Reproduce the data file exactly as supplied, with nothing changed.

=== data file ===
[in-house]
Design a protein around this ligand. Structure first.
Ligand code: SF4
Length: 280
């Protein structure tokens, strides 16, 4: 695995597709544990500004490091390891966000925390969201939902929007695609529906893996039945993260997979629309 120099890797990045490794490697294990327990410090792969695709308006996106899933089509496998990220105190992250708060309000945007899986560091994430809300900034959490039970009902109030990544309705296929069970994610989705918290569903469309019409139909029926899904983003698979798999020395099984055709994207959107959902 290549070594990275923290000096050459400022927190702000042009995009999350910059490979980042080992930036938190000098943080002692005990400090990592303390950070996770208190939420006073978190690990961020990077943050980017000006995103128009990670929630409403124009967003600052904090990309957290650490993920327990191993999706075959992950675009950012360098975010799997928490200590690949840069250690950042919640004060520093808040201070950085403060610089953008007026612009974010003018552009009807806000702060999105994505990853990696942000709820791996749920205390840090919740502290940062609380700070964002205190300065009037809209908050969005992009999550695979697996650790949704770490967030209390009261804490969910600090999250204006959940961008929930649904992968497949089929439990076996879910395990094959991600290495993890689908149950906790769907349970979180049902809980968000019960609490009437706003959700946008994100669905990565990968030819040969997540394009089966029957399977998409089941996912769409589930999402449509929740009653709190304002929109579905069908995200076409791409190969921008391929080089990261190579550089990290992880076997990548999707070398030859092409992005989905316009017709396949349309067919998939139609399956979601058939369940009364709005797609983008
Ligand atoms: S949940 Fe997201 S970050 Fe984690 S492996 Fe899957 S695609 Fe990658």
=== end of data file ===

[in-house]
Design a protein around this ligand. Structure first.
Ligand code: SF4
Length: 280
């Protein structure tokens, strides 16, 4: 695995597709544990500004490091390891966000925390969201939902929007695609529906893996039945993260997979629309 120099890797990045490794490697294990327990410090792969695709308006996106899933089509496998990220105190992250708060309000945007899986560091994430809300900034959490039970009902109030990544309705296929069970994610989705918290569903469309019409139909029926899904983003698979798999020395099984055709994207959107959902 290549070594990275923290000096050459400022927190702000042009995009999350910059490979980042080992930036938190000098943080002692005990400090990592303390950070996770208190939420006073978190690990961020990077943050980017000006995103128009990670929630409403124009967003600052904090990309957290650490993920327990191993999706075959992950675009950012360098975010799997928490200590690949840069250690950042919640004060520093808040201070950085403060610089953008007026612009974010003018552009009807806000702060999105994505990853990696942000709820791996749920205390840090919740502290940062609380700070964002205190300065009037809209908050969005992009999550695979697996650790949704770490967030209390009261804490969910600090999250204006959940961008929930649904992968497949089929439990076996879910395990094959991600290495993890689908149950906790769907349970979180049902809980968000019960609490009437706003959700946008994100669905990565990968030819040969997540394009089966029957399977998409089941996912769409589930999402449509929740009653709190304002929109579905069908995200076409791409190969921008391929080089990261190579550089990290992880076997990548999707070398030859092409992005989905316009017709396949349309067919998939139609399956979601058939369940009364709005797609983008
Ligand atoms: S949940 Fe997201 S970050 Fe984690 S492996 Fe899957 S695609 Fe990658």